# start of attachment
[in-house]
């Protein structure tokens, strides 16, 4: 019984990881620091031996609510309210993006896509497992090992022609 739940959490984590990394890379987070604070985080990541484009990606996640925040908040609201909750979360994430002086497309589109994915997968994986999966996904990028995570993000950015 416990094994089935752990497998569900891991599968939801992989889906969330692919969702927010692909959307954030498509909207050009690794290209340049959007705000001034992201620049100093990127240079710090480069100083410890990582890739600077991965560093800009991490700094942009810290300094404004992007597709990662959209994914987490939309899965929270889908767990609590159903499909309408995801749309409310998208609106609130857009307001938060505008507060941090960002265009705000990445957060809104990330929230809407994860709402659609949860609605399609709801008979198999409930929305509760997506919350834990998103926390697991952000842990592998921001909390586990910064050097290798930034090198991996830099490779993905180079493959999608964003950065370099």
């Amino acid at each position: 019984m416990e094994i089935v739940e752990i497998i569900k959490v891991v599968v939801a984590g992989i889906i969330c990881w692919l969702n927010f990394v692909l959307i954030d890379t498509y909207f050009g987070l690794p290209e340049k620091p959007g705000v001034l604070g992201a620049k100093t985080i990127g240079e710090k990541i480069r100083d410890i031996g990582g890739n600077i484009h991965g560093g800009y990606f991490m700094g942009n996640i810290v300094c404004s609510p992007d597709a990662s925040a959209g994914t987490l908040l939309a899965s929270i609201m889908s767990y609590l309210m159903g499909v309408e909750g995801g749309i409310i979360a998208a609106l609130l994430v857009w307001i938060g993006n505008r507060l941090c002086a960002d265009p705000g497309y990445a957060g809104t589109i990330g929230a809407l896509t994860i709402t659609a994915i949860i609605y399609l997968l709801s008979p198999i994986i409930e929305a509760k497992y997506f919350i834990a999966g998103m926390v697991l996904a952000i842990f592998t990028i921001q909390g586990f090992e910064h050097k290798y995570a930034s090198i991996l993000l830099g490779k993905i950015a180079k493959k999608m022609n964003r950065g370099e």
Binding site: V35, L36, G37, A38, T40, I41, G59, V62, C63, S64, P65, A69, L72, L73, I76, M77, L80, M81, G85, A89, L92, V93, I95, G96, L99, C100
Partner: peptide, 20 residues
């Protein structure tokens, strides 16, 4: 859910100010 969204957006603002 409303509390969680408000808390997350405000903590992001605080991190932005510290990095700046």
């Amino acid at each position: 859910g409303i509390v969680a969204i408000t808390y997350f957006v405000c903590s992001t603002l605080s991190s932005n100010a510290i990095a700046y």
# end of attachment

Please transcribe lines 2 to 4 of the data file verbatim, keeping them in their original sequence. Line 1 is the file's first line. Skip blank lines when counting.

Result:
């Protein structure tokens, strides 16, 4: 019984990881620091031996609510309210993006896509497992090992022609 739940959490984590990394890379987070604070985080990541484009990606996640925040908040609201909750979360994430002086497309589109994915997968994986999966996904990028995570993000950015 416990094994089935752990497998569900891991599968939801992989889906969330692919969702927010692909959307954030498509909207050009690794290209340049959007705000001034992201620049100093990127240079710090480069100083410890990582890739600077991965560093800009991490700094942009810290300094404004992007597709990662959209994914987490939309899965929270889908767990609590159903499909309408995801749309409310998208609106609130857009307001938060505008507060941090960002265009705000990445957060809104990330929230809407994860709402659609949860609605399609709801008979198999409930929305509760997506919350834990998103926390697991952000842990592998921001909390586990910064050097290798930034090198991996830099490779993905180079493959999608964003950065370099």
């Amino acid at each position: 019984m416990e094994i089935v739940e752990i497998i569900k959490v891991v599968v939801a984590g992989i889906i969330c990881w692919l969702n927010f990394v692909l959307i954030d890379t498509y909207f050009g987070l690794p290209e340049k620091p959007g705000v001034l604070g992201a620049k100093t985080i990127g240079e710090k990541i480069r100083d410890i031996g990582g890739n600077i484009h991965g560093g800009y990606f991490m700094g942009n996640i810290v300094c404004s609510p992007d597709a990662s925040a959209g994914t987490l908040l939309a899965s929270i609201m889908s767990y609590l309210m159903g499909v309408e909750g995801g749309i409310i979360a998208a609106l609130l994430v857009w307001i938060g993006n505008r507060l941090c002086a960002d265009p705000g497309y990445a957060g809104t589109i990330g929230a809407l896509t994860i709402t659609a994915i949860i609605y399609l997968l709801s008979p198999i994986i409930e929305a509760k497992y997506f919350i834990a999966g998103m926390v697991l996904a952000i842990f592998t990028i921001q909390g586990f090992e910064h050097k290798y995570a930034s090198i991996l993000l830099g490779k993905i950015a180079k493959k999608m022609n964003r950065g370099e």
Binding site: V35, L36, G37, A38, T40, I41, G59, V62, C63, S64, P65, A69, L72, L73, I76, M77, L80, M81, G85, A89, L92, V93, I95, G96, L99, C100